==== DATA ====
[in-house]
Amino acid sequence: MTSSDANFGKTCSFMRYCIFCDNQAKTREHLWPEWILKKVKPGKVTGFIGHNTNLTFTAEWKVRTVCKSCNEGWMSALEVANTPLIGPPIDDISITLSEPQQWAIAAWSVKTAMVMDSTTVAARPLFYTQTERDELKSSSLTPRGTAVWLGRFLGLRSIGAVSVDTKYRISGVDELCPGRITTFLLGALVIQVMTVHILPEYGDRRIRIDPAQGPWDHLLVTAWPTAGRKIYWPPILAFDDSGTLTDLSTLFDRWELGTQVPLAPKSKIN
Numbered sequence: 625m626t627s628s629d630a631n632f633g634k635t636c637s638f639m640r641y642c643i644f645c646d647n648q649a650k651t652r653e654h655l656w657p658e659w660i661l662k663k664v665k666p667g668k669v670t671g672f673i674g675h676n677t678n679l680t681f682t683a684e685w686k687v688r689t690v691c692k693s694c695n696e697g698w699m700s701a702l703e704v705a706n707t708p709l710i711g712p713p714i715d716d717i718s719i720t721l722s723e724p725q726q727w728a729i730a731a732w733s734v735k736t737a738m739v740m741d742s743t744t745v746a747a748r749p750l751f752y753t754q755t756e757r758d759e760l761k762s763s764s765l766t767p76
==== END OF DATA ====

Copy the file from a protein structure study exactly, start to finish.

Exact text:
[in-house]
Amino acid sequence: MTSSDANFGKTCSFMRYCIFCDNQAKTREHLWPEWILKKVKPGKVTGFIGHNTNLTFTAEWKVRTVCKSCNEGWMSALEVANTPLIGPPIDDISITLSEPQQWAIAAWSVKTAMVMDSTTVAARPLFYTQTERDELKSSSLTPRGTAVWLGRFLGLRSIGAVSVDTKYRISGVDELCPGRITTFLLGALVIQVMTVHILPEYGDRRIRIDPAQGPWDHLLVTAWPTAGRKIYWPPILAFDDSGTLTDLSTLFDRWELGTQVPLAPKSKIN
Numbered sequence: 625m626t627s628s629d630a631n632f633g634k635t636c637s638f639m640r641y642c643i644f645c646d647n648q649a650k651t652r653e654h655l656w657p658e659w660i661l662k663k664v665k666p667g668k669v670t671g672f673i674g675h676n677t678n679l680t681f682t683a684e685w686k687v688r689t690v691c692k693s694c695n696e697g698w699m700s701a702l703e704v705a706n707t708p709l710i711g712p713p714i715d716d717i718s719i720t721l722s723e724p725q726q727w728a729i730a731a732w733s734v735k736t737a738m739v740m741d742s743t744t745v746a747a748r749p750l751f752y753t754q755t756e757r758d759e760l761k762s763s764s765l766t767p76